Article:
.Written by Dr. Enrico Di Oto, BS, MD, PhD, OaCP CEO and Dr. Simone Di Giacomo, BS, PhD, OaCP R&D manager.
While global vaccination campaigns are increasing and reaching interesting results, in particular in Israel, the Emirates and the UK, Sars-CoV-2 is “evolving” by showing an increased number of strains that may affect not only the virus ability to spread among the population, but also its ability to escape from the developed neutralizing antibodies.
New Covid Variants
If mutations are a common way for viruses, in particular the RNA ones, to respond to selective pressures, the occurrence in a pandemic virus like COVID-19 cause new challenges to the Public Health systems that are starting to succeed in fighting the “original” strain.
Mutations can obviously occur in multiple regions of the viral RNA, however some of them are of interest due to their ability to gain power to Sars-CoV-2.
Among the crucial ones, the mutations at the S gene coding sequence, may impact the ability of the Virus to spread and escape to the actual proposed solutions.
United Kingdom – UK variant
In the United Kingdom (UK), a new variant of SARS-CoV-2 (known as 20I/501Y.V1, VOC 202012/01, or B.1.1.7) emerged with a large number of mutations.
In particular the N501Y is the mutation that defines the variant as VOC (Variant of Concern) due to the enormous clinical impact of its presence, such asgreater stability of ACE2-Spike interaction in the RBD region (4) and a lower activity of neutralizing antibodies (5).
Another of the mutations in the VOC 202012/01 variant, the deletion at position 69/70 was found to affect the performance of some diagnostic PCR assays with an S gene target. Most PCR assays in use worldwide will use multiple targets and therefore the impact of the variant on diagnostics is not anticipated to be significant.
Preliminary reports by the United Kingdom inferred how VOC 202012/01 is more transmissible than previous circulating forms, with an estimated increase of between 40% and 70% in transmissibility. To date the prevalence is attested to 20- 25% of the Sars-CoV-2 (https://www.who.int/csr/don/21-december-2020-sars-cov2-variant-united-kingdom/en).
As of 9th of February, VOC-202012/01 variant has been reported in 86 other countries/territories/areas (https://www.who.int/publications/m/item/weekly-epidemiological-update—9-february-2021) in five of the six WHO regions.
South Africa – SA variant
In South Africa, another variant of SARS-CoV-2 (known as 20H/501Y.V2 or B.1.351) emerged independently of B.1.1.7.
On December 18, national authorities in South Africa announced the detection of a new variant of SARS-CoV-2 that is rapidly spreading in three provinces of South Africa. South Africa has named this variant 501Y.V2, because of a N501Y mutation but it is characterized by the presence also of the E484K one.
This variant has multiple mutations in the spike protein, including K417N, E484K, N501Y. Unlike the B.1.1.7 lineage detected in the UK; this variant does not contain the deletion at 69/70. Some evidence indicate that one of the main spike protein mutations, E484K, may affect neutralization by some polyclonal and monoclonal antibodies.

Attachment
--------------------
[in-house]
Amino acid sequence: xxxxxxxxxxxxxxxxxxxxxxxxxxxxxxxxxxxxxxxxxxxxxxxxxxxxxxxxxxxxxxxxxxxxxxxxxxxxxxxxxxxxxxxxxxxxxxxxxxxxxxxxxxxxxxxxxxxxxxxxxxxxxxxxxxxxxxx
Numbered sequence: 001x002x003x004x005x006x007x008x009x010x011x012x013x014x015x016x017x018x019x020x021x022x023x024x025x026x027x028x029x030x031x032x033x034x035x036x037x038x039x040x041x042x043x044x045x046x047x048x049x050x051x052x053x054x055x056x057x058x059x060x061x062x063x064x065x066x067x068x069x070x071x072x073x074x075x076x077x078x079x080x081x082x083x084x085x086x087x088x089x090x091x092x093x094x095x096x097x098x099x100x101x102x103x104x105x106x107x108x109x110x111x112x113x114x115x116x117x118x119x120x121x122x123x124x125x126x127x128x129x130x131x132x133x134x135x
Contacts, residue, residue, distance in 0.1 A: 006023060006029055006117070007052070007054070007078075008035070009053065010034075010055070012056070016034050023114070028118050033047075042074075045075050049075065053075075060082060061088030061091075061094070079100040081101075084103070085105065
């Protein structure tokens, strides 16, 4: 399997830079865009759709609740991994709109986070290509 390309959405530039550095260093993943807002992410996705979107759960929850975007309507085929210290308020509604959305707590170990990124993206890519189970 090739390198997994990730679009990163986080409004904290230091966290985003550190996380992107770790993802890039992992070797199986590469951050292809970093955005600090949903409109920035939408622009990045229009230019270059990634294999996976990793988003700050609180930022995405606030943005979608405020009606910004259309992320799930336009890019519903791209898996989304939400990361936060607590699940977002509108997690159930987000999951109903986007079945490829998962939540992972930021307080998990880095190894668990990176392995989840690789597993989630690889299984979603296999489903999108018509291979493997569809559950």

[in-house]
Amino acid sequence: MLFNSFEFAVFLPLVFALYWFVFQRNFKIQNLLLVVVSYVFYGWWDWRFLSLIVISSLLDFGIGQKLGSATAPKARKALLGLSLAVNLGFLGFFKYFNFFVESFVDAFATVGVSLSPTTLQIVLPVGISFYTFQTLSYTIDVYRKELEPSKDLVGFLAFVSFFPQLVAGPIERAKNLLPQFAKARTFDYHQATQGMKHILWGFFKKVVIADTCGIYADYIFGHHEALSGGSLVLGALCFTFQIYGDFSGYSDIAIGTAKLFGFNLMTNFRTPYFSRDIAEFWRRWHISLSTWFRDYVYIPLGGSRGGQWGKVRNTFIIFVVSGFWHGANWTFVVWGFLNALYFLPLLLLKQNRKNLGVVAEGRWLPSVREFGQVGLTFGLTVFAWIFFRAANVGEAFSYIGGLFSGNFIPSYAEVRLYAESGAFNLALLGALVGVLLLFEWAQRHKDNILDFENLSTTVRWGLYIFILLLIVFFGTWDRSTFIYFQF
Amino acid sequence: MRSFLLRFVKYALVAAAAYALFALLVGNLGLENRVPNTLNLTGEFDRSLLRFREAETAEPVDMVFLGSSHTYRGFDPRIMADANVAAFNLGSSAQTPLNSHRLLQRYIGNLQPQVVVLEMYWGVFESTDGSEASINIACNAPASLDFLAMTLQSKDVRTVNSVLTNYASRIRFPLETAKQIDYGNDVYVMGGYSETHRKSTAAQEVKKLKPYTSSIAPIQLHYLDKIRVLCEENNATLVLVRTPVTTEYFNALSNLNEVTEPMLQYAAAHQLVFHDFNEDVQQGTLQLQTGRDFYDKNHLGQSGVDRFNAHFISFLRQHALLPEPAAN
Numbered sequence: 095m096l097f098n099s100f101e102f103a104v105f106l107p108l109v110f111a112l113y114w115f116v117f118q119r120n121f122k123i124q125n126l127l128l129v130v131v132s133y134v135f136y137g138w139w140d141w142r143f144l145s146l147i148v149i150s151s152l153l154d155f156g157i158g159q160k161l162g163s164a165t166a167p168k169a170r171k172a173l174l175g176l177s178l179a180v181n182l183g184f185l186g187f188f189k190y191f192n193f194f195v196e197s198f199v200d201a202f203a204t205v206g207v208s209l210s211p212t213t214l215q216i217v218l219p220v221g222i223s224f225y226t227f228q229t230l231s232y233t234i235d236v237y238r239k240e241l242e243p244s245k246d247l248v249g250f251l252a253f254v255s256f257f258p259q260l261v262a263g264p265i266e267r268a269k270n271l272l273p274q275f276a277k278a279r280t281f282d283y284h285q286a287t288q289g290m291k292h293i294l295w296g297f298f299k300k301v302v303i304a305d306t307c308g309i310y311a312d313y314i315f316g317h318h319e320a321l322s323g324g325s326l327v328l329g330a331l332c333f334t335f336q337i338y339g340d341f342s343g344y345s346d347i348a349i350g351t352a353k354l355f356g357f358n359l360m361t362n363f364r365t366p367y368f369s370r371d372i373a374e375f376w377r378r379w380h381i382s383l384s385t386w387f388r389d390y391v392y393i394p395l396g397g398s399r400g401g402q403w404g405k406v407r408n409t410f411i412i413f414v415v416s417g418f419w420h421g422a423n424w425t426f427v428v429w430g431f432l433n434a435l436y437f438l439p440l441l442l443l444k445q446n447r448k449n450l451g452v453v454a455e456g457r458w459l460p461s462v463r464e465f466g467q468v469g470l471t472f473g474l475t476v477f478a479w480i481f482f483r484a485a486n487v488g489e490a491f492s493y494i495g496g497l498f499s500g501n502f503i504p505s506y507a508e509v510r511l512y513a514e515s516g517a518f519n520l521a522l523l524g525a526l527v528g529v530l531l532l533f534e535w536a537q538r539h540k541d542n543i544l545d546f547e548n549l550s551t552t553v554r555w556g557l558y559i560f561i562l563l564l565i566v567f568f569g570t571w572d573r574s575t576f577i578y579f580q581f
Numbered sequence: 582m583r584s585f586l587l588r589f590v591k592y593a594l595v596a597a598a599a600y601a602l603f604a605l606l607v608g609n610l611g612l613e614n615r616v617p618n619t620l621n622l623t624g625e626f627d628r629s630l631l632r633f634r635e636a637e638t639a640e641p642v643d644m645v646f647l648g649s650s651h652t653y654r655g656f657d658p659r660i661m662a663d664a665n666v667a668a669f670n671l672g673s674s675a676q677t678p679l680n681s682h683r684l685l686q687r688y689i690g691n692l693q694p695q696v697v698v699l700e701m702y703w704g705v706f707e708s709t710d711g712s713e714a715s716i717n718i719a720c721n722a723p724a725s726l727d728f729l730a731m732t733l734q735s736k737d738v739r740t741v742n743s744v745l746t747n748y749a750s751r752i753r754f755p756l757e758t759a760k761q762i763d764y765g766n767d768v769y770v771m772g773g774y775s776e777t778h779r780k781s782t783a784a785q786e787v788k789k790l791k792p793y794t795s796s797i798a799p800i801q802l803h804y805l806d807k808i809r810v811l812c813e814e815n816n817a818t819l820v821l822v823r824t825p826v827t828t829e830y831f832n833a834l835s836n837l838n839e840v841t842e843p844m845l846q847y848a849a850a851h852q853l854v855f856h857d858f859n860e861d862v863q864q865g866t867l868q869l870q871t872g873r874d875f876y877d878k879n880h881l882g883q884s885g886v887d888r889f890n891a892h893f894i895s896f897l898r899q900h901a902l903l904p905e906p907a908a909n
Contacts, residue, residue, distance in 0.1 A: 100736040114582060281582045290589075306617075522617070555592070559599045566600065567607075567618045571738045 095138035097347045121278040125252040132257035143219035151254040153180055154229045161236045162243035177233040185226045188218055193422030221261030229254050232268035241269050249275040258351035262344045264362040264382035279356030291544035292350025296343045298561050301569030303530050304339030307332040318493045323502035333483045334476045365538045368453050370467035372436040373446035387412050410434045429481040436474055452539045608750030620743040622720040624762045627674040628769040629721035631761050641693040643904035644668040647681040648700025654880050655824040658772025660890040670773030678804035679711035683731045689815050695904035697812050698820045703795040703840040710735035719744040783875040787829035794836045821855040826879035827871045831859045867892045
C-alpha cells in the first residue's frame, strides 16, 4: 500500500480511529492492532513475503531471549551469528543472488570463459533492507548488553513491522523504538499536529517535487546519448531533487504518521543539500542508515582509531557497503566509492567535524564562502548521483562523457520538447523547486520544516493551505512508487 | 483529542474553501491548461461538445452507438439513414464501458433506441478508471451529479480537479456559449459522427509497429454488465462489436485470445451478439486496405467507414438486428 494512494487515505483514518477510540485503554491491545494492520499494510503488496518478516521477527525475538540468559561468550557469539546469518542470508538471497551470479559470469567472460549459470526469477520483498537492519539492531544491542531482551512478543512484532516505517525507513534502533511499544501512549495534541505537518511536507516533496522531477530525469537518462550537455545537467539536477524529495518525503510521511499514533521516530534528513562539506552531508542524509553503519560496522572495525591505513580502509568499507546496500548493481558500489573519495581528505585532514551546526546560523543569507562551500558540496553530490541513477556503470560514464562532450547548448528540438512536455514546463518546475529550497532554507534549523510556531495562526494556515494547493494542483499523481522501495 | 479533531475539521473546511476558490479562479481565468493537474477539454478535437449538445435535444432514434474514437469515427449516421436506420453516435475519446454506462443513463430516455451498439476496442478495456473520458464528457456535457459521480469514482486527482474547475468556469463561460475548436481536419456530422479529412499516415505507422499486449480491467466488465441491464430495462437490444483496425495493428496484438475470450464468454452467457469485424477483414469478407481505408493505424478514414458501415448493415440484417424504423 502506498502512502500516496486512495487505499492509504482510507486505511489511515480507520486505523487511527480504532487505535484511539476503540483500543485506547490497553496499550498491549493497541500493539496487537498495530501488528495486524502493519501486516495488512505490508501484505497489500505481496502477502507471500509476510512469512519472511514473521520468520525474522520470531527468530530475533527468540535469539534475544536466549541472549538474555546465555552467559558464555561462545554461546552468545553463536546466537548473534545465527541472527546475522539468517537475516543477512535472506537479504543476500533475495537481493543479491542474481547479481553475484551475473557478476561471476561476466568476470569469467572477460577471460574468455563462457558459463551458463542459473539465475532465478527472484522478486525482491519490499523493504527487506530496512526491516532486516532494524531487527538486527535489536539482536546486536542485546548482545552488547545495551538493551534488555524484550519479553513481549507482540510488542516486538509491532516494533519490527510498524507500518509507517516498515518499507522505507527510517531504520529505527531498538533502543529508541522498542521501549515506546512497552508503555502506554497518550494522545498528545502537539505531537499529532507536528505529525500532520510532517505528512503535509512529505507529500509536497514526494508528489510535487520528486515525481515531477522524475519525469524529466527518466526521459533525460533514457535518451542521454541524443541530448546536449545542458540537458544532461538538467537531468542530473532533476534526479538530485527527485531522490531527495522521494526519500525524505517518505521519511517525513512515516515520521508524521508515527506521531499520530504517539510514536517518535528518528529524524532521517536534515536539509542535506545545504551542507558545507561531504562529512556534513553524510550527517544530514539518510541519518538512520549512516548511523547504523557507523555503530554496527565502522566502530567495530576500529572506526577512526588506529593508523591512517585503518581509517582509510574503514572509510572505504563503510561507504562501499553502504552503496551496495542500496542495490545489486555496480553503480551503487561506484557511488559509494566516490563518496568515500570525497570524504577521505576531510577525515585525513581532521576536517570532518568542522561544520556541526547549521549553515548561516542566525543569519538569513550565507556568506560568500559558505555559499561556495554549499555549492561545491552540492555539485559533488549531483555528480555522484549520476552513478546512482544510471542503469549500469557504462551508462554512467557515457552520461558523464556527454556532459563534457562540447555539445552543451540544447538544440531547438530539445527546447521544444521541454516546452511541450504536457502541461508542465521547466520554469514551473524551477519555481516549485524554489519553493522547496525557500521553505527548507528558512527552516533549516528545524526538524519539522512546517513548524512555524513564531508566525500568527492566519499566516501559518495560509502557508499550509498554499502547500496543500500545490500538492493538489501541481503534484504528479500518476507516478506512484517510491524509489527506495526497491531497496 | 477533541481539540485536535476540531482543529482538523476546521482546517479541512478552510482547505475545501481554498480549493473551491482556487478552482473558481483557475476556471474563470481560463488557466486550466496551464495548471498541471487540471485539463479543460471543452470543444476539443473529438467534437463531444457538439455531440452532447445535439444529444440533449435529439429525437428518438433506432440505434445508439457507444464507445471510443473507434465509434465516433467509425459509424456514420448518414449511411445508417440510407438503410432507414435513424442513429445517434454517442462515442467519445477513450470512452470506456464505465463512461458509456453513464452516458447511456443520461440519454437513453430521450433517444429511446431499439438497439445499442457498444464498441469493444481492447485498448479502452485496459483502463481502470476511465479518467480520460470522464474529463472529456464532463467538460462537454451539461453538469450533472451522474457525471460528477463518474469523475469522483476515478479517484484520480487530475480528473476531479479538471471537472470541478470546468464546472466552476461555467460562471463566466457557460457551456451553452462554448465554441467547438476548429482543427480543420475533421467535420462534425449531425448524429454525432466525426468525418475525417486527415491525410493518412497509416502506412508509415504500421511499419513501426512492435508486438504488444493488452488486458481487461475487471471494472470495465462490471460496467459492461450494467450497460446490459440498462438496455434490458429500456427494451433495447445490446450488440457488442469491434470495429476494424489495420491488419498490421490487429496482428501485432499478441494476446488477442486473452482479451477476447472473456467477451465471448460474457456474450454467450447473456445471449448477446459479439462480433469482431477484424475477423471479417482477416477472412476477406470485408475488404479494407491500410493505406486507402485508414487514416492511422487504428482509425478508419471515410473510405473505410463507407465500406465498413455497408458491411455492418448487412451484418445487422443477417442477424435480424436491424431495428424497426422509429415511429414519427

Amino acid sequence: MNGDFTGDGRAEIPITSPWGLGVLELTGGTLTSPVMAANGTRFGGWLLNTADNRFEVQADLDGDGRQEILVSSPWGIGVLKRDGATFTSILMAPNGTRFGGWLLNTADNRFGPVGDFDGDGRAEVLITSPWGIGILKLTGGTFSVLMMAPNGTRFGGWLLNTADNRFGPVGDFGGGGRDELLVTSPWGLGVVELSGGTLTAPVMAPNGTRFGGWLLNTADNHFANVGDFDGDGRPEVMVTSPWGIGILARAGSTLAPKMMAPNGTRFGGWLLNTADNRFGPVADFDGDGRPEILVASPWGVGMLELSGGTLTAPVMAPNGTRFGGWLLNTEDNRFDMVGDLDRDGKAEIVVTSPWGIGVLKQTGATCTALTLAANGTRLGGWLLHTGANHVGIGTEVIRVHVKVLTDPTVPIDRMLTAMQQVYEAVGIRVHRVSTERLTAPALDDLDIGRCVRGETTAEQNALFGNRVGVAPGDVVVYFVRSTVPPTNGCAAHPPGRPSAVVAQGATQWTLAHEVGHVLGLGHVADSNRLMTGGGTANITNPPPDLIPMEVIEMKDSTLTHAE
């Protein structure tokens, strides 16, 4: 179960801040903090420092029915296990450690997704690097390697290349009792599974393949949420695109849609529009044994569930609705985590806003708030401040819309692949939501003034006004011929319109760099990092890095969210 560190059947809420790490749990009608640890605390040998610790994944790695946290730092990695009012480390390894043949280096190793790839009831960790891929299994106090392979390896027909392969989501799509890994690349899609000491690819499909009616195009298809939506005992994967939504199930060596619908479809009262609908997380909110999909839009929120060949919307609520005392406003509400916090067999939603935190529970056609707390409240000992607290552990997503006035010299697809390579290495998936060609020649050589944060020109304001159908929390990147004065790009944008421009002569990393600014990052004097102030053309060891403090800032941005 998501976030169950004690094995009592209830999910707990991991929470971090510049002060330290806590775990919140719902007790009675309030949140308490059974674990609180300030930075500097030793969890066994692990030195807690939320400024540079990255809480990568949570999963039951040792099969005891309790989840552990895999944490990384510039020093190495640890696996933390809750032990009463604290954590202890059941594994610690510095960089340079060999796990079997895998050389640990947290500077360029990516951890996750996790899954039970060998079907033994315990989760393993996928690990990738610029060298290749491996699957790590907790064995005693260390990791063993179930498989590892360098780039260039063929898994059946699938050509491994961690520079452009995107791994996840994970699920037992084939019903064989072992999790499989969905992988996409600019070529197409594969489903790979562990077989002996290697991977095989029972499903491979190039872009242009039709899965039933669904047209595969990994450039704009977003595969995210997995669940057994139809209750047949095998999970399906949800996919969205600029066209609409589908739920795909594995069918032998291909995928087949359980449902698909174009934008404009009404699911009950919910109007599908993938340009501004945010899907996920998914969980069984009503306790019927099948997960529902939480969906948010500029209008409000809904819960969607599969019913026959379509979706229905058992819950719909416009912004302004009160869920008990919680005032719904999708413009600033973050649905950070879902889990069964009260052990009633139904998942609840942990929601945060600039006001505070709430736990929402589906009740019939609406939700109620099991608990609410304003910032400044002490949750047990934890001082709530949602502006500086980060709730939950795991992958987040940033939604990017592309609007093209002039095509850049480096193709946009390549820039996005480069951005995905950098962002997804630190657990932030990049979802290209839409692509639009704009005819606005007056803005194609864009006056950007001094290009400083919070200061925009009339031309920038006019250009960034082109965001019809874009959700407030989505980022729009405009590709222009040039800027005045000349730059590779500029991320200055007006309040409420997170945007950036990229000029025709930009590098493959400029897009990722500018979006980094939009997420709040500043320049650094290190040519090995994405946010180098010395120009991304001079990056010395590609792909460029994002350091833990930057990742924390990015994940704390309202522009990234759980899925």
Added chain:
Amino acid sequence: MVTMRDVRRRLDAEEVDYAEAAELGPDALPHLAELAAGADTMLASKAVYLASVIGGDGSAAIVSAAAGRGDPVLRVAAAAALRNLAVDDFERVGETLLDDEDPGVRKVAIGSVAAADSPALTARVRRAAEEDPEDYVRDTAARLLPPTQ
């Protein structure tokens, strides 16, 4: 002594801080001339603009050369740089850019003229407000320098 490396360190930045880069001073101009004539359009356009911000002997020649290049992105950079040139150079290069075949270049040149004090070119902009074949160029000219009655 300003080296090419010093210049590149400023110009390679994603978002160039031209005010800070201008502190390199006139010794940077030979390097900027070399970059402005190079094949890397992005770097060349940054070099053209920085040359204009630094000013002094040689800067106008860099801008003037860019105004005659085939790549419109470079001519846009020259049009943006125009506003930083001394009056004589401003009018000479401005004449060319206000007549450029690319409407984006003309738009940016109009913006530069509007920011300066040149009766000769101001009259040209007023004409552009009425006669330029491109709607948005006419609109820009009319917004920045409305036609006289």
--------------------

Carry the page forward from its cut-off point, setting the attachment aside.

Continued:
Cases attributed to this variant have been detected in more than 44 countries outside of South Africa (https://www.who.int/publications/m/item/weekly-epidemiological-update—9-february2021). This variant was reported in the US and other countries at the end of January 2021.
Brazil – BR variant
In Brazil, a variant of SARS-CoV-2 (known as P.1) emerged that was first was identified in four travellers from Brazil, who were tested during routine screening at Haneda airport outside Tokyo, Japan.
This variant has 17 unique mutations, including three in the receptor binding domain of the spike protein. This variant was detected in the US at the end of January 2021. Up to date it was probed in 15 countries world wide (https://www.who.int/publications/m/item/weeklyepidemiological-update—9-february-2021).
Additionally, to the P1 variant, another, and potentially more important has been referred to contains the S protein mutation E484K and was first detected in sequences from patients in Rio de Janeiro state, collected in October 2020, but based on phylogenetic analysis the variant likely originated in July 2020.5: 484 K.V2 or P2.
This 484 K.V2 variant has since spread to multiple other countries including: England, Singapore, the USA, Norway, Argentina, Denmark, Ireland and Canada The E484K mutation in particular is of interest due to evidence that it may allow immune escape.
Why is it important to detect variants?
Some of the potential consequences of emerging variants are the following:
- Ability to spread more quickly in people. There is already evidence that one mutation, D614G, confers increased ability to spread more quickly than the wild-type SARS-CoV-2. In the laboratory, 614G variants propagate more quickly in human respiratory epithelial cells, outcompeting 614D viruses. There also is epidemiologic evidence that the 614G variant spreads more quickly than viruses without the mutation.